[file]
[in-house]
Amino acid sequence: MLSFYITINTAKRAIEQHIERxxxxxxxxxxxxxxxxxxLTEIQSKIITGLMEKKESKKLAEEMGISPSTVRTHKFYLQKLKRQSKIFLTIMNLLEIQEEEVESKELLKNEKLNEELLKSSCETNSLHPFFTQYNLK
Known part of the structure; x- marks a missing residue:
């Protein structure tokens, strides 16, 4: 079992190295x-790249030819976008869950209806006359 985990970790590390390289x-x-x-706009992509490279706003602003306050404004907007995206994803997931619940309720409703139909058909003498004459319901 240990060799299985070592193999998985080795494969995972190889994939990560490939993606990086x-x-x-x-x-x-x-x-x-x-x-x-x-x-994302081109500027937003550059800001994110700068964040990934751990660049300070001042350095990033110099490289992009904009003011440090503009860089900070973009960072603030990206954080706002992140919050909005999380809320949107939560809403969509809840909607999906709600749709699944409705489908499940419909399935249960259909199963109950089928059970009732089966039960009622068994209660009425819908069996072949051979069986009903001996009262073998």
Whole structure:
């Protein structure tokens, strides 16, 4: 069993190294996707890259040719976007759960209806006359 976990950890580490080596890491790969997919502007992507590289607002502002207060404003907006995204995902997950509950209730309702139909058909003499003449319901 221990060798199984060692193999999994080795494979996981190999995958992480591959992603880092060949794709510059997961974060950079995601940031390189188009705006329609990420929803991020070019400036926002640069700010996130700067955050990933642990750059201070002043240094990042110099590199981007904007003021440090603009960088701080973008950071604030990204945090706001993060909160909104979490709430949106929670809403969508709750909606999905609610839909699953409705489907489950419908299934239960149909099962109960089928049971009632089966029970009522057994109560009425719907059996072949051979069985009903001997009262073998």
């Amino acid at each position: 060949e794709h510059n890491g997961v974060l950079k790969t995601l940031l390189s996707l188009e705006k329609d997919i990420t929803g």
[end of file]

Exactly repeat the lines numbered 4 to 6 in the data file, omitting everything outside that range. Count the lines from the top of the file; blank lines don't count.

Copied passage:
């Protein structure tokens, strides 16, 4: 079992190295x-790249030819976008869950209806006359 985990970790590390390289x-x-x-706009992509490279706003602003306050404004907007995206994803997931619940309720409703139909058909003498004459319901 240990060799299985070592193999998985080795494969995972190889994939990560490939993606990086x-x-x-x-x-x-x-x-x-x-x-x-x-x-994302081109500027937003550059800001994110700068964040990934751990660049300070001042350095990033110099490289992009904009003011440090503009860089900070973009960072603030990206954080706002992140919050909005999380809320949107939560809403969509809840909607999906709600749709699944409705489908499940419909399935249960259909199963109950089928059970009732089966039960009622068994209660009425819908069996072949051979069986009903001996009262073998």
Whole structure:
């Protein structure tokens, strides 16, 4: 069993190294996707890259040719976007759960209806006359 976990950890580490080596890491790969997919502007992507590289607002502002207060404003907006995204995902997950509950209730309702139909058909003499003449319901 221990060798199984060692193999999994080795494979996981190999995958992480591959992603880092060949794709510059997961974060950079995601940031390189188009705006329609990420929803991020070019400036926002640069700010996130700067955050990933642990750059201070002043240094990042110099590199981007904007003021440090603009960088701080973008950071604030990204945090706001993060909160909104979490709430949106929670809403969508709750909606999905609610839909699953409705489907489950419908299934239960149909099962109960089928049971009632089966029970009522057994109560009425719907059996072949051979069985009903001997009262073998």